- Blue Apron’s board of directors is exploring strategic alternatives, including a sale, merger, raising public or private capital or some combination of transactions, the company announced in its Q4 earnings report. Additionally, Blue Apron shared plans to close a facility in Arlington, Texas, and shift production to larger centers in Linden, New Jersey, and Richmond, California.
- Blue Apron saw net revenue decrease by 33% to $94.3 million in Q4, down from $140.7 million in Q4 2018. The meal kit company attributed the change to reduced marketing spend and a focus on high-affinity customers who could bring more long-term revenue.
- The company improved average revenue per customer in Q4, with a 6% increase from the same period in 2018. It also saw a 7% increase in orders per customer from the year prior.
While Blue Apron has struggled for a long time, its Q4 earnings reveal that its willing to take more dramatic steps to try to increase shareholder value and try to woo back investors who have lost confidence in the company.
"Our strategic alternatives process, together with our cost optimization initiatives, is intended to best position the company for the future, including to support our growth strategy," CEO Linda Findley Kozlowski said in a statement.
Blue Apron did not provide further comment on possible buyers or interested companies, and Kozlowski said on the earnings call the board has not set a timeline for the process.
Industry talk of mergers or acquisitions for Blue Apron have been ongoing since the company’s stock first fell below $1 at the end of 2018. While some have suggested the company could be acquired by another meal kit maker, a grocery retailer or a private equity company, no real candidates have come forward.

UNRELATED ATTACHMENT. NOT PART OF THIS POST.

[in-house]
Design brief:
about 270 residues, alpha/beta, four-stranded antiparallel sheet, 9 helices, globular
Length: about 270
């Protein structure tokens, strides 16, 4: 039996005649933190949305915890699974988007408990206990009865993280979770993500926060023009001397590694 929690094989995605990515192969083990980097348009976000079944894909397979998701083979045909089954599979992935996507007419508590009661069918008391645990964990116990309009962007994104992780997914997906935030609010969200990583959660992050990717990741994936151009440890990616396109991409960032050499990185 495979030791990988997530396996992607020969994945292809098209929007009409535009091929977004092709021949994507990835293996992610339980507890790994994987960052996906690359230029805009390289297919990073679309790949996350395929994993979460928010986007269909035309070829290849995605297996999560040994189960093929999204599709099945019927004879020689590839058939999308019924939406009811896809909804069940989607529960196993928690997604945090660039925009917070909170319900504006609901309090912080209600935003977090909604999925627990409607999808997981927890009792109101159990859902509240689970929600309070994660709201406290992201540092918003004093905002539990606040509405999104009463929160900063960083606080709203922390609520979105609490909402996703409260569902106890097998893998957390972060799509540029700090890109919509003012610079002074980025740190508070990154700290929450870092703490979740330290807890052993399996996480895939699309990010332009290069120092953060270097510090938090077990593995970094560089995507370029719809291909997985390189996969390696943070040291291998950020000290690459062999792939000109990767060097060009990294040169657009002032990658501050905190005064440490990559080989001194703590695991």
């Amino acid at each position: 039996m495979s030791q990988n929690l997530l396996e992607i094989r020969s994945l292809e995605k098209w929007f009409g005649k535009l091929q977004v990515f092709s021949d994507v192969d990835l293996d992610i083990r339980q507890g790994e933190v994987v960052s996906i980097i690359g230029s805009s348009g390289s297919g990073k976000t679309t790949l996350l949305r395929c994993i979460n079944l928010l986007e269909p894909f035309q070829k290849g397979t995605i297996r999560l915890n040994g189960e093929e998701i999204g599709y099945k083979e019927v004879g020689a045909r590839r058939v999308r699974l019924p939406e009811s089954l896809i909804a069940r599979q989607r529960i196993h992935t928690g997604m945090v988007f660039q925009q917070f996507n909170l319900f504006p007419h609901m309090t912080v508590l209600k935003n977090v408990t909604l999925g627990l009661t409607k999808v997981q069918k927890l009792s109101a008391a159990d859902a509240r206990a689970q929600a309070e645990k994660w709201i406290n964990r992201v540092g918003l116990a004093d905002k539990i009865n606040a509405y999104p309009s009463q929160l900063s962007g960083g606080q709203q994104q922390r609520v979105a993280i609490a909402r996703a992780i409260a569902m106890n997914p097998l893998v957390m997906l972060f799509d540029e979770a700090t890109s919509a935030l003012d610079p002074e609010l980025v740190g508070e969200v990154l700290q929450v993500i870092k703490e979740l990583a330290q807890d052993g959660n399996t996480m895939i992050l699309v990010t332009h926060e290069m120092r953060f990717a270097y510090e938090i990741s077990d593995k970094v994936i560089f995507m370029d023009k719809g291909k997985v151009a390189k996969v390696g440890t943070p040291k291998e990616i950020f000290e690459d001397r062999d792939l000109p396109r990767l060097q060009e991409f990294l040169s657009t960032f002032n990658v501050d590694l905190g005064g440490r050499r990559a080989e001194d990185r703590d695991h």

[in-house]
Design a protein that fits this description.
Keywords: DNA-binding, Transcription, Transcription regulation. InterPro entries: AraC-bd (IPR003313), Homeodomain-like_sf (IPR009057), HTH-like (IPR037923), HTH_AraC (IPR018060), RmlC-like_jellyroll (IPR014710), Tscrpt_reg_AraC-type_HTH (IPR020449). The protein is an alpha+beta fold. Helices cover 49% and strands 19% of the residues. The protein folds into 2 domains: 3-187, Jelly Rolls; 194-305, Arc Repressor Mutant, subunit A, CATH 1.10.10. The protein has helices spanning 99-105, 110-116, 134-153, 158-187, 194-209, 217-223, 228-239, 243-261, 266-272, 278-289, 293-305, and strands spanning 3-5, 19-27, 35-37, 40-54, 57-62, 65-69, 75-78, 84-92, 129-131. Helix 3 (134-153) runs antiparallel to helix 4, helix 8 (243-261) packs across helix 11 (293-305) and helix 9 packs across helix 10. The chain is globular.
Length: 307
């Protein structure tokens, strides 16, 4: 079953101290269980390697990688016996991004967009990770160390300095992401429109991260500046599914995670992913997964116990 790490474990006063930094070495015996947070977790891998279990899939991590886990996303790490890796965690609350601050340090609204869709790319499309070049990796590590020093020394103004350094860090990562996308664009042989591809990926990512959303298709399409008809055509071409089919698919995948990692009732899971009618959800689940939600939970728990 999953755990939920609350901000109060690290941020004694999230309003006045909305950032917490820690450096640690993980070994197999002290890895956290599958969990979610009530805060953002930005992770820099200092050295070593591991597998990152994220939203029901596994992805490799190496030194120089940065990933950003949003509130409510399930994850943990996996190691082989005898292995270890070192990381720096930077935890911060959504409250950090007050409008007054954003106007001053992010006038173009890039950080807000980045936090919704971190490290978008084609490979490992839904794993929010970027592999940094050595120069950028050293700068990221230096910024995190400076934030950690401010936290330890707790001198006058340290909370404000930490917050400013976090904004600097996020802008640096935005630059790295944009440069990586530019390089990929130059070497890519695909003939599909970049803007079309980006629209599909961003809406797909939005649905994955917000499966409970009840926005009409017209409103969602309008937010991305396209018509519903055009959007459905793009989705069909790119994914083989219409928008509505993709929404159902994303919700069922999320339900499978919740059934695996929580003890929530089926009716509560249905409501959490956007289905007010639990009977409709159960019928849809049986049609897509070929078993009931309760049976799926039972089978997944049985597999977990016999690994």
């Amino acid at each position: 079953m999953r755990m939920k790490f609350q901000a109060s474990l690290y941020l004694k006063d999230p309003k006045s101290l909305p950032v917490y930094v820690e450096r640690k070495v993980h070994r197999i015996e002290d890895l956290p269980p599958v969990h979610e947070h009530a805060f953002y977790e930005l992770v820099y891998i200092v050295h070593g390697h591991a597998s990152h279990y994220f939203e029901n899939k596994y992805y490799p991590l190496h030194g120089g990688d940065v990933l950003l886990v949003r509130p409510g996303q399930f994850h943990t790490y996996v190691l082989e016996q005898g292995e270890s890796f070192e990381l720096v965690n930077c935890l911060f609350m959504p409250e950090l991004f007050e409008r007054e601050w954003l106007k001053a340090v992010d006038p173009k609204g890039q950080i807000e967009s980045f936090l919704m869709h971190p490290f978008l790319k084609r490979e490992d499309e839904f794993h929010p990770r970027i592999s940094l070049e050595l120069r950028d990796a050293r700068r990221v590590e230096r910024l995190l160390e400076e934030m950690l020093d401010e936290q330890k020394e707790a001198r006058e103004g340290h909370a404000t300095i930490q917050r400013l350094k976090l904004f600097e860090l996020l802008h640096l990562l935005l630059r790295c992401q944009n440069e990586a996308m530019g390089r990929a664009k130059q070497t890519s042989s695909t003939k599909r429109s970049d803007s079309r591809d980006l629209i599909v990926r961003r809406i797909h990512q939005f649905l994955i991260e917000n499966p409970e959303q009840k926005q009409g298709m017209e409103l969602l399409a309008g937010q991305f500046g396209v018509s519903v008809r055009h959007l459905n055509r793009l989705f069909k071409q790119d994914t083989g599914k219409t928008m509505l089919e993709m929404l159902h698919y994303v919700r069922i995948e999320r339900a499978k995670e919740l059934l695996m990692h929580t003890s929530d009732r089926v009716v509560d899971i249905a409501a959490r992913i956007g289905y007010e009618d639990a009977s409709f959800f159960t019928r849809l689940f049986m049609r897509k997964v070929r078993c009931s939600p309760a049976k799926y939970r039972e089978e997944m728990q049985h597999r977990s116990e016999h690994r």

The company could consider a sale to a grocer like other struggling meal kit companies have in the past. This includes Purple Carrot, which was purchased by a Japanese e-grocer in 2019, and Plated, which Albertsons acquired in 2017. Albertsons, however, shut down its business completely in late 2019 and last month announced it will bring a refreshed version back to stores.
Blue Apron has been trying to execute a turnaround strategy since Kozlowski stepped into the executive role last April. She has noted a three-point approach that includes cutting back on marketing investments and pursuing high-value customers, streamlining operations and expanding Blue Apron’s reach through new partnerships and products.
Some of the latest initiatives to try to boost its business and customer retention include new meal prep kits, which Blue Apron announced last week. The kits are currently available to customers on the East Coast and Mid-Atlantic and will roll out more widely later this year. The company has also continued a partnership with WW (formerly Weight Watchers) to indicate WW-approved recipes with a special badge.
However, experts aren't sure a turnaround is in the cards for the meal kit company as shares continue to drop and they expect slower growth than the larger market, according to Yahoo Finance. Since its disastrous IPO in 2017, not much has improved despite its efforts.